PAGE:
40 Hours in São Paulo, Brazil

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I was beyond honored to be invited to the 2nd Annual ConPizza conference in São Paulo, Brazil earlier this month. I had no idea Brazil was so into pizza but they’ve apparently had it for over a century and São Paulo has so many pizzerias nobody knows the real count! The event was sponsored by a pizzeria association, similar to the VPN in Italy (and the US), but they’re more of a union than a certification agency.

The goal of ConPizza is to get a bunch of pizzeria owners and pizza business folks into a room together to share information that could be mutually beneficial. They had a bunch of speakers from big companies talking about marketing and franchising but it was all in Portuguese so I had almost no idea what was going on. Attendees got cool headsets so they could hear an interpreter’s version of my talk about pizza diversity in NYC and pizza box design around the world (I always manage to squeeze that in).

I only had two days to experience the wonders of São Paulo’s pizza scene but here are some highlights of the trip.

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Let’s get pizza boxes out of the way first. From what I can tell, 99% of the pizza boxes in Brazil are octagonal! Most pizzerias deliver by scooter, so the unconventional box shape might be a way to keep the pizza from bumping around too much. They come in two pieces (a lid and a base) which seems crazy to me because it takes so much more time and material, but they seem to love it over there. The artwork is also insane. The boxes int he photo above are all interactive. One becomes a soccer field with upright coal posts and even a two-piece cardboard “ball.” The other two have pieces that pop out to form either a toy airplane or a model dinosaur. HOW COOL IS THAT?!?!

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The gentlemen from the association even took me to their headquarters, where they store a box from every pizzeria they work with. It was incredible. There are boxes in that pile are beyond belief and I’m just glad I had the opportunity to see them in person! New York City truly is living in the pizza box dark ages. 

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Now for some pizza. We spent night #1 at Quintal do Brãz, an absolutely beautiful restaurant with an incredible yard. I noticed a couple amazing things here. First of all, they offer pizzas divided into three sections. I’m used to seeing a half-and-half pizza, but this is seriously divided into thirds! It seems so much harder to cut and top, but they did it and I applaud them for it. The pizza above has one section with soppressata; one is a Calabrese salad with fresh tomato and mozzarella; the final section has a “requeijão,” or creamy cheese, made by a local company called Catupiry. From what I can tell, Catupiry is to creamy cheeses what Kleenex is to tissues. It’s a little strange for my palate but the people here seem to love it. 

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At Quintal, I noticed that the staff serves your slices and leaves the remainder on a table to the side of the dining area. It gets covered with a vented lid and marked with your table number. The pizza isn’t sitting on your table while you eat, so the server has total control when it comes to who gets the final slice!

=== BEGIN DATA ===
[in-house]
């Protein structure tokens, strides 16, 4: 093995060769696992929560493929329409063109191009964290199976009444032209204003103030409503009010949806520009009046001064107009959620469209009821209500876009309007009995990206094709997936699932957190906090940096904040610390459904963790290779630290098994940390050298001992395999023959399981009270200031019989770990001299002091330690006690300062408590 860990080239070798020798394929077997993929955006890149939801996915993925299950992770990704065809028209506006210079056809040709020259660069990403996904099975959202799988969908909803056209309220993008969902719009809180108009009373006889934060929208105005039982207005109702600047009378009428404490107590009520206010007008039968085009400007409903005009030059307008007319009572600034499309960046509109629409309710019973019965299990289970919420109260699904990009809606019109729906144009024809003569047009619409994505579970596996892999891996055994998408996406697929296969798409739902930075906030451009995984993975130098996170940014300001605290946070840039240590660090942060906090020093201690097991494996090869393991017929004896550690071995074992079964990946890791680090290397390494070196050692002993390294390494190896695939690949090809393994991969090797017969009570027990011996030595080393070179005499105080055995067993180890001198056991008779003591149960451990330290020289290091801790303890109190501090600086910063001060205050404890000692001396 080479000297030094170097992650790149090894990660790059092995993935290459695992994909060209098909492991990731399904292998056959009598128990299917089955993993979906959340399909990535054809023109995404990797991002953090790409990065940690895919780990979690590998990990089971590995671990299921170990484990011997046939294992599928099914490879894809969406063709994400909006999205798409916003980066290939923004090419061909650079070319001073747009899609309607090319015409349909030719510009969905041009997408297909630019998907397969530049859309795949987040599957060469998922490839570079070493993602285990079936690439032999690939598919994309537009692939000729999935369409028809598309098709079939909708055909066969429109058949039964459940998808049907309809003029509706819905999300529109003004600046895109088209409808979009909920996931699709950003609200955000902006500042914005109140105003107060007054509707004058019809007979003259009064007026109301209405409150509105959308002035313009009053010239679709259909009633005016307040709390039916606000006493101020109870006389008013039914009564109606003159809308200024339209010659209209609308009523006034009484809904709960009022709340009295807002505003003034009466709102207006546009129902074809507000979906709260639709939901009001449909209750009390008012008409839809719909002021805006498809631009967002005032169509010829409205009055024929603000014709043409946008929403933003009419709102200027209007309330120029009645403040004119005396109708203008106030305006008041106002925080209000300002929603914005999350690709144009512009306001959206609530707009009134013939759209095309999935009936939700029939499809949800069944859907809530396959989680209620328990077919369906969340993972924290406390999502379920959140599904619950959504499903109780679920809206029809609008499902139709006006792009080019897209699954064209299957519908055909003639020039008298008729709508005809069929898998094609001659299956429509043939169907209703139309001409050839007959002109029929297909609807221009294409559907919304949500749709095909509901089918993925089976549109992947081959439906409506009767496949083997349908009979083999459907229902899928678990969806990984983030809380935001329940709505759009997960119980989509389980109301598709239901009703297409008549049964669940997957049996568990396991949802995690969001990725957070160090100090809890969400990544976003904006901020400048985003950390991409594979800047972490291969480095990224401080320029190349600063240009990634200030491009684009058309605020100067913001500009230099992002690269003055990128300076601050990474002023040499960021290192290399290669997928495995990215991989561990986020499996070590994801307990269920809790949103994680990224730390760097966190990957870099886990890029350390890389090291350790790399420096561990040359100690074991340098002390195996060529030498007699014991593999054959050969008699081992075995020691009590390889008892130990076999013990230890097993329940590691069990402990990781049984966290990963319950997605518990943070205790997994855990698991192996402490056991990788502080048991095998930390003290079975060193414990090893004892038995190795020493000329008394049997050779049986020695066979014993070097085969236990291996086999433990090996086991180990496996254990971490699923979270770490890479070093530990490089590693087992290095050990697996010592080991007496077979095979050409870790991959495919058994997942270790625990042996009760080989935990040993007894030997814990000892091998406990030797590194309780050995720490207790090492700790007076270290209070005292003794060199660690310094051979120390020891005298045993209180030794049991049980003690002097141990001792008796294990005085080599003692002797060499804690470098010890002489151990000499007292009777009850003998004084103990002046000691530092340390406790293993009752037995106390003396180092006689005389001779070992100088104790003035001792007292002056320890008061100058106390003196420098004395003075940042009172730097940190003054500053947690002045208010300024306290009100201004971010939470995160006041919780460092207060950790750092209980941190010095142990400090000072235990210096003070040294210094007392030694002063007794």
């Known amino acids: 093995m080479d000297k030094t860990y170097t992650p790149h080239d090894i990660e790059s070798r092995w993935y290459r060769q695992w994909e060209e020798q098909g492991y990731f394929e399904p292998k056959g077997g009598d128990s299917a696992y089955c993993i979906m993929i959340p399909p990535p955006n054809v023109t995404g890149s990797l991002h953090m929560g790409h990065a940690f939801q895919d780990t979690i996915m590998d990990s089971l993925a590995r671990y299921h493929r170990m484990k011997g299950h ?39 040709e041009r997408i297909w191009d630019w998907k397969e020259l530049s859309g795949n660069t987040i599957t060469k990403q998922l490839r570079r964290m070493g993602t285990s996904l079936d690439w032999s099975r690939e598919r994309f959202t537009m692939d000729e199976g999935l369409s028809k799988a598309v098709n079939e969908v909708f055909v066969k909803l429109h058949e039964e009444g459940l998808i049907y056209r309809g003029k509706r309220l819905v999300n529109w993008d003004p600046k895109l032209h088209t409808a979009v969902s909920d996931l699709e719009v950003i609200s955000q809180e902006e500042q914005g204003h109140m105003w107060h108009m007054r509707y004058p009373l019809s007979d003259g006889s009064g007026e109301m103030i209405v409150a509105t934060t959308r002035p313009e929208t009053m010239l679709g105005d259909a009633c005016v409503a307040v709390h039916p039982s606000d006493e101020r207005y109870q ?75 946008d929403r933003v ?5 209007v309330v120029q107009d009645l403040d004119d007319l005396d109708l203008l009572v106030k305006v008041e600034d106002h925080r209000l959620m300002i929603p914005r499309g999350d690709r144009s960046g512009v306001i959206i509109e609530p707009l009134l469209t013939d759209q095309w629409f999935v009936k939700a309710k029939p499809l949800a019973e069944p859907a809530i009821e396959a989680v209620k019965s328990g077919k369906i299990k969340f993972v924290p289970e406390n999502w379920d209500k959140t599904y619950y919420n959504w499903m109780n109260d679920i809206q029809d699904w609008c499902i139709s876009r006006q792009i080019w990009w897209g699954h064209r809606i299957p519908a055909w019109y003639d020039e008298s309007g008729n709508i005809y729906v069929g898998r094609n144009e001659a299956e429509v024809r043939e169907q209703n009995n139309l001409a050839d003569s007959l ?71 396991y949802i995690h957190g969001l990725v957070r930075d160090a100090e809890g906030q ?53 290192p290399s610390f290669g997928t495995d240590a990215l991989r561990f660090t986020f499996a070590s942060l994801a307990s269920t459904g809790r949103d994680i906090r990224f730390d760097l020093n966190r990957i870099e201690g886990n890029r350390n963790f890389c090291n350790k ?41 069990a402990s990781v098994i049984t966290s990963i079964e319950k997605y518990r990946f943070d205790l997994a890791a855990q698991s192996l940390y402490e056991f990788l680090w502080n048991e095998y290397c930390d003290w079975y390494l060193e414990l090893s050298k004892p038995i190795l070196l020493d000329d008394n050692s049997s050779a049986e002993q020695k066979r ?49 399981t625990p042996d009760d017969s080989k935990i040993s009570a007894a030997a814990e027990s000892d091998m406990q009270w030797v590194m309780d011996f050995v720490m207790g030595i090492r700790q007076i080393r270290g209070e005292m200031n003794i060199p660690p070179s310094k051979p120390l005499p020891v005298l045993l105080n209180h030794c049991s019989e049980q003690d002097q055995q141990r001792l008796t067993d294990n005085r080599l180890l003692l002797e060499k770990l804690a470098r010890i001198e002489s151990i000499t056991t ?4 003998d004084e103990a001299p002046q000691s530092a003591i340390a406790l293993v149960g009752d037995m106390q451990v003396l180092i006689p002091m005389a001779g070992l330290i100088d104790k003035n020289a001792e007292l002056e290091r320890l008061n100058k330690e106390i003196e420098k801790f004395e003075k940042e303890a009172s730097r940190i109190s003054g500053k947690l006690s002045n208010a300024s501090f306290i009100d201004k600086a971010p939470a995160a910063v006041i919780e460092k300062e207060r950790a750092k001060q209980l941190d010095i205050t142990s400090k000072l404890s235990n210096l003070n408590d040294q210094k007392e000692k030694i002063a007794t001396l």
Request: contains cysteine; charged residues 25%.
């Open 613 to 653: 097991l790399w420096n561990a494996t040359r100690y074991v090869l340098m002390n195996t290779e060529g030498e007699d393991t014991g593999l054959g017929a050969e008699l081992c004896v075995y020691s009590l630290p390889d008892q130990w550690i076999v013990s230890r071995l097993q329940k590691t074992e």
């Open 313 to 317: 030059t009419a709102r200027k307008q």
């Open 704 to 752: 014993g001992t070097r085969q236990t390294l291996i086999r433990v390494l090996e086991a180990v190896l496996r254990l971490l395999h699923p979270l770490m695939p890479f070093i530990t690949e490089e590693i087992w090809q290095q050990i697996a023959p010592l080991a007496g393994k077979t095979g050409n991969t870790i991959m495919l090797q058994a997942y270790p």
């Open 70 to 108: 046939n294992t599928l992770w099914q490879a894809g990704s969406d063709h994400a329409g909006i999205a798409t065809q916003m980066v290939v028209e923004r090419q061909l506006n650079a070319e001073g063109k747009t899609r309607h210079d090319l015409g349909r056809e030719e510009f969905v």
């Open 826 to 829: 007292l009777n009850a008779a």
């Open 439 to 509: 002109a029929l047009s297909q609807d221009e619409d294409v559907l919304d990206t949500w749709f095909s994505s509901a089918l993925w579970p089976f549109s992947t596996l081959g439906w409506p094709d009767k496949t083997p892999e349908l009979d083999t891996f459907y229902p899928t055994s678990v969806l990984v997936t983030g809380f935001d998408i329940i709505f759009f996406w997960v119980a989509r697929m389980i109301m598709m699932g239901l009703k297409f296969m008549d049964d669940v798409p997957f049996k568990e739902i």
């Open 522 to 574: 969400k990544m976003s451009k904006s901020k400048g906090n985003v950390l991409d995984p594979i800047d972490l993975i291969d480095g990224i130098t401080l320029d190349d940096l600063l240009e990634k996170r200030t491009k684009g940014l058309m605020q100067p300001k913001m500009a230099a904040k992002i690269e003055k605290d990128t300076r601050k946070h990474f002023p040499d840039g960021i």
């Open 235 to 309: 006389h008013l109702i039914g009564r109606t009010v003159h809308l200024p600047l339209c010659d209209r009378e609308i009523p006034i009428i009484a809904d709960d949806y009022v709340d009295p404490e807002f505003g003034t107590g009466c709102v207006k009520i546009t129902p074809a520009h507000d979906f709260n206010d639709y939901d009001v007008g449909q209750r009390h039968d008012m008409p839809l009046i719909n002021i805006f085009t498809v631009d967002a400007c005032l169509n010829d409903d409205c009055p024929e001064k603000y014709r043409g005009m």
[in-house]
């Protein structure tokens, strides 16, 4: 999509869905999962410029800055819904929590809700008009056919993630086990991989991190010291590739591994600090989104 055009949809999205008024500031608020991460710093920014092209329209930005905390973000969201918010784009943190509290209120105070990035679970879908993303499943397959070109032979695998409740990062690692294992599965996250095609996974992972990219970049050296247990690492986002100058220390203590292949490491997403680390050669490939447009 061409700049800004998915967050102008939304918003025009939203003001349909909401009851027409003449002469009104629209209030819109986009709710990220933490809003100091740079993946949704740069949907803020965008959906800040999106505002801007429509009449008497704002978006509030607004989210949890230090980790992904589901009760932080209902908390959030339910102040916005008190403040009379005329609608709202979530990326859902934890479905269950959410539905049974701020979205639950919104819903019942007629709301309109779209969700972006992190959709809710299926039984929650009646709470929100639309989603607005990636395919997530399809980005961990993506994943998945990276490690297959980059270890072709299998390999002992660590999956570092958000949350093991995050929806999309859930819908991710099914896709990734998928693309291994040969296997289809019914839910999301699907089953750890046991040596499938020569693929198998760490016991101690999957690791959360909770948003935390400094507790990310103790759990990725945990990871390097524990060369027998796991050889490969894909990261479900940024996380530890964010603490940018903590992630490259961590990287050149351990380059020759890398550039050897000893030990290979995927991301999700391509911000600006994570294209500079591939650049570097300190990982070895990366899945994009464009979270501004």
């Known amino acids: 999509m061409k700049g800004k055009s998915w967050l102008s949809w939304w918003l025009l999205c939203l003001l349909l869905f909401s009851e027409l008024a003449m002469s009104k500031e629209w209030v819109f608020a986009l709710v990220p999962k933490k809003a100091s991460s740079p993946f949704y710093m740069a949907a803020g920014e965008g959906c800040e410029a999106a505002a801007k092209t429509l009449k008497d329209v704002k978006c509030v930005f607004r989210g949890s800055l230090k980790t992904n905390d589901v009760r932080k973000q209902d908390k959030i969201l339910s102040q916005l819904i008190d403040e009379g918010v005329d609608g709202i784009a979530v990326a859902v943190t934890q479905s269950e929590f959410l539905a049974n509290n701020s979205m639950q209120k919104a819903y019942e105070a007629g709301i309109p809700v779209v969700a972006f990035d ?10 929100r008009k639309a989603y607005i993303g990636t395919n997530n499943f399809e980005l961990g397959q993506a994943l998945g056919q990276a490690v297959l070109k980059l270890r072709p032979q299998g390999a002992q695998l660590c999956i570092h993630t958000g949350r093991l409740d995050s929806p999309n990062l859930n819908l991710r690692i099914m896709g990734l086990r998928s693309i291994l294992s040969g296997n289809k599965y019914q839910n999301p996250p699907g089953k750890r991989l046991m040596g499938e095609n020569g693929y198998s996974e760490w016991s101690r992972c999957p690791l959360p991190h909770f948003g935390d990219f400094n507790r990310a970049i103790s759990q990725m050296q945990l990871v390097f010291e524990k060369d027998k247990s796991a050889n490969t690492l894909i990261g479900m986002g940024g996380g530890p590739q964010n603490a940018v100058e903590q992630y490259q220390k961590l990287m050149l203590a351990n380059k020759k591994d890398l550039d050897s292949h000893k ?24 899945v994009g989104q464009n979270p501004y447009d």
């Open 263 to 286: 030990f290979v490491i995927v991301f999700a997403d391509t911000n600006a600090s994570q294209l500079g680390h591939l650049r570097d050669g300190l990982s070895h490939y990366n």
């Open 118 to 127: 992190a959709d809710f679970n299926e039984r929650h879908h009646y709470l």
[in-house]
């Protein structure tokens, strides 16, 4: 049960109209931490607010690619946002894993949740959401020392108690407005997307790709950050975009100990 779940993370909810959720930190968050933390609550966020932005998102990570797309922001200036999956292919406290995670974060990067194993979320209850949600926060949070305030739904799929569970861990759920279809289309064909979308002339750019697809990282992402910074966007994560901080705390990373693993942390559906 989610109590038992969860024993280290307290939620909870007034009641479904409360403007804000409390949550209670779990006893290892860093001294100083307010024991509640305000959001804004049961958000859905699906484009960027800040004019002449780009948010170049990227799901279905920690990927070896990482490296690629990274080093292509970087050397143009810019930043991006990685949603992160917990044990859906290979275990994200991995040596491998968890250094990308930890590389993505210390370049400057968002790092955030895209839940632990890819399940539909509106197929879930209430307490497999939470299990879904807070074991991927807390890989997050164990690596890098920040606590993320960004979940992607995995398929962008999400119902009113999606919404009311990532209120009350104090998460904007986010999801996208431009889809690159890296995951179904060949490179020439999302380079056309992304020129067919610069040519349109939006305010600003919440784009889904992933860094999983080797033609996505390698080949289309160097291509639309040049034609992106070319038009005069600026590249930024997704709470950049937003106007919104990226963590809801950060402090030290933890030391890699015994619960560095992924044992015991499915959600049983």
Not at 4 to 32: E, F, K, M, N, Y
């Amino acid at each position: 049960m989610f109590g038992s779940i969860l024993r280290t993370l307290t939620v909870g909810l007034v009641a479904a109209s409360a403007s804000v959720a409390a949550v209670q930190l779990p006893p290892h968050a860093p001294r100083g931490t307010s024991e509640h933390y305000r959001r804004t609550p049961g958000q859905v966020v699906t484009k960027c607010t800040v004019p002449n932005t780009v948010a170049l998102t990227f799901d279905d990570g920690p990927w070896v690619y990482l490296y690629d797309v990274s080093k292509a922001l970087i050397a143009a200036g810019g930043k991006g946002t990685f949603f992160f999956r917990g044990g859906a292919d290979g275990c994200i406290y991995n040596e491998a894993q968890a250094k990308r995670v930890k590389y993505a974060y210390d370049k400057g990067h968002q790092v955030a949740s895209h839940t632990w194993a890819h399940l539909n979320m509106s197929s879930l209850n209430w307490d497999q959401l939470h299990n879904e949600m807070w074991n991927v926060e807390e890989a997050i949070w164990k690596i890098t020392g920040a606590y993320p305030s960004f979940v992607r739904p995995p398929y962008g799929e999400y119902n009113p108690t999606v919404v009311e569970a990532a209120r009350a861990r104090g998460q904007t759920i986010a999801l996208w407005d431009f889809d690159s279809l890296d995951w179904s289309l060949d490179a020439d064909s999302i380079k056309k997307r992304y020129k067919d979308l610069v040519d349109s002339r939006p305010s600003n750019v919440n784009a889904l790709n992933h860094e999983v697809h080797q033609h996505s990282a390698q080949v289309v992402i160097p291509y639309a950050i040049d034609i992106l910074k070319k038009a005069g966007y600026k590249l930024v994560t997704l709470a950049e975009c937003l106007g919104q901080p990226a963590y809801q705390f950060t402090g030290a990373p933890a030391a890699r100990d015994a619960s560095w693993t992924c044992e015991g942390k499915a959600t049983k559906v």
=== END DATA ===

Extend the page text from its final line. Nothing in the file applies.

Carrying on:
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Quintal do Brãz is one of several locations, but the word “quintal” separates this one from the others because it means this place has a serious “backyard.” Here’s a photo of the most beautiful path to a restroom I’ve ever seen.

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We spent the second night at 1900, a pizzeria that has been family owned since it opened in 1983. We tried a ton of different pizza from the restaurant’s 30 year history before I had to zip to the airport. 

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Erik is the owner of 1900 and he’s extremely proud of his family’s restaurant. He told me how his father used to stop service for an hour every Monday night so the restaurant could become a concert hall for local musicians. This wasn’t meant to attract business, they wouldn’t sell food during the performance. That’s pretty damn cool. 

His pizza was really interesting. The crust is a dense, yet soft, surface (probably because of the extremely short fermentation time) and topped with more interesting ingredient combinations. These were served as whole pizzas instead of three sections like Quintal do Braz. Both places baked in a wood-burning brick oven. Most Neapolitan ovens I’ve seen have an arched doorway but the wood-fired ovens in Brazil all had square openings. Bake times were in the 2-3 minute range and most of these places are burning composite wood logs rather than straight chopped wood. They claim it’s cleaner and easier to manage. 

In Brazil, pizza is treated like a proper restaurant food. People sit down and use a fork and knife to eat it. They apparently don’t eat it for lunch, only dinner. And most of the pizzerias in São Paulo are delivery/takeout only. I’m so used to seeing wood fired ovens as showpieces inside restaurants but in a delivery business the customer will never see them. I completely forgot that these ovens are tools for food, not just for marketing.